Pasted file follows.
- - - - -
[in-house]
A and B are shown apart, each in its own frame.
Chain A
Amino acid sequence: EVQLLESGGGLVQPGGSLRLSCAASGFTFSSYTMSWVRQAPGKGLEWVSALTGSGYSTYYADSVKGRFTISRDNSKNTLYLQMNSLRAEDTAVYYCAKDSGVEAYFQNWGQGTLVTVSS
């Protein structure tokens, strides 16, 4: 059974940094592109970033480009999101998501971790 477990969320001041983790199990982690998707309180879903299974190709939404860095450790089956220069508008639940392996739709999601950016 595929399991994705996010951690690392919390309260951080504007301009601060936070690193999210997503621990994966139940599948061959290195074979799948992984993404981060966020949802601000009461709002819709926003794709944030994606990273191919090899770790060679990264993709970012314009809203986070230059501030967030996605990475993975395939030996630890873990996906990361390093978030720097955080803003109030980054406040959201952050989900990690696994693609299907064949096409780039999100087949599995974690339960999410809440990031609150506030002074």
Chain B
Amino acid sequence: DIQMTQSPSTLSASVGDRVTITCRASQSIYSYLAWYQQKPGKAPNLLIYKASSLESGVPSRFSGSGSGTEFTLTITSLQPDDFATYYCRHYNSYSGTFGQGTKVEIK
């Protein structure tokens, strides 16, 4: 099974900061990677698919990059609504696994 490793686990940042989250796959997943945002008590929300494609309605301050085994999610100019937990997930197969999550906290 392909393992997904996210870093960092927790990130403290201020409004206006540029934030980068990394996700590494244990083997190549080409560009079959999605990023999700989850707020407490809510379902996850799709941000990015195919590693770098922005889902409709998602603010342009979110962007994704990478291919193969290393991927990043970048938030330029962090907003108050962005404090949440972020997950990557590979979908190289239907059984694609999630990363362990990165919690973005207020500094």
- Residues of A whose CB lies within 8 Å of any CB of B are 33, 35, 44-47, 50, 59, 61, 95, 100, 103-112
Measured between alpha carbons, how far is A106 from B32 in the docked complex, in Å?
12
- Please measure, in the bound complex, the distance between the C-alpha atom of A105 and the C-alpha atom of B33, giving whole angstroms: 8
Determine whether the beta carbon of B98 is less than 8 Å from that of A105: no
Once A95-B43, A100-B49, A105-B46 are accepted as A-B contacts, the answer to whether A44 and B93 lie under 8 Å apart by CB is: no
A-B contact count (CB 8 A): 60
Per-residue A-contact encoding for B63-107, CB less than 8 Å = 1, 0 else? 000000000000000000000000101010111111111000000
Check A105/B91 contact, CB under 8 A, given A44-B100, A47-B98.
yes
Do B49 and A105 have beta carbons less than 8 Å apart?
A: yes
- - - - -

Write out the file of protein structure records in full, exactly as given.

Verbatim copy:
[in-house]
A and B are shown apart, each in its own frame.
Chain A
Amino acid sequence: EVQLLESGGGLVQPGGSLRLSCAASGFTFSSYTMSWVRQAPGKGLEWVSALTGSGYSTYYADSVKGRFTISRDNSKNTLYLQMNSLRAEDTAVYYCAKDSGVEAYFQNWGQGTLVTVSS
């Protein structure tokens, strides 16, 4: 059974940094592109970033480009999101998501971790 477990969320001041983790199990982690998707309180879903299974190709939404860095450790089956220069508008639940392996739709999601950016 595929399991994705996010951690690392919390309260951080504007301009601060936070690193999210997503621990994966139940599948061959290195074979799948992984993404981060966020949802601000009461709002819709926003794709944030994606990273191919090899770790060679990264993709970012314009809203986070230059501030967030996605990475993975395939030996630890873990996906990361390093978030720097955080803003109030980054406040959201952050989900990690696994693609299907064949096409780039999100087949599995974690339960999410809440990031609150506030002074």
Chain B
Amino acid sequence: DIQMTQSPSTLSASVGDRVTITCRASQSIYSYLAWYQQKPGKAPNLLIYKASSLESGVPSRFSGSGSGTEFTLTITSLQPDDFATYYCRHYNSYSGTFGQGTKVEIK
């Protein structure tokens, strides 16, 4: 099974900061990677698919990059609504696994 490793686990940042989250796959997943945002008590929300494609309605301050085994999610100019937990997930197969999550906290 392909393992997904996210870093960092927790990130403290201020409004206006540029934030980068990394996700590494244990083997190549080409560009079959999605990023999700989850707020407490809510379902996850799709941000990015195919590693770098922005889902409709998602603010342009979110962007994704990478291919193969290393991927990043970048938030330029962090907003108050962005404090949440972020997950990557590979979908190289239907059984694609999630990363362990990165919690973005207020500094």
- Residues of A whose CB lies within 8 Å of any CB of B are 33, 35, 44-47, 50, 59, 61, 95, 100, 103-112
Measured between alpha carbons, how far is A106 from B32 in the docked complex, in Å?
12
- Please measure, in the bound complex, the distance between the C-alpha atom of A105 and the C-alpha atom of B33, giving whole angstroms: 8
Determine whether the beta carbon of B98 is less than 8 Å from that of A105: no
Once A95-B43, A100-B49, A105-B46 are accepted as A-B contacts, the answer to whether A44 and B93 lie under 8 Å apart by CB is: no
A-B contact count (CB 8 A): 60
Per-residue A-contact encoding for B63-107, CB less than 8 Å = 1, 0 else? 000000000000000000000000101010111111111000000
Check A105/B91 contact, CB under 8 A, given A44-B100, A47-B98.
yes
Do B49 and A105 have beta carbons less than 8 Å apart?
A: yes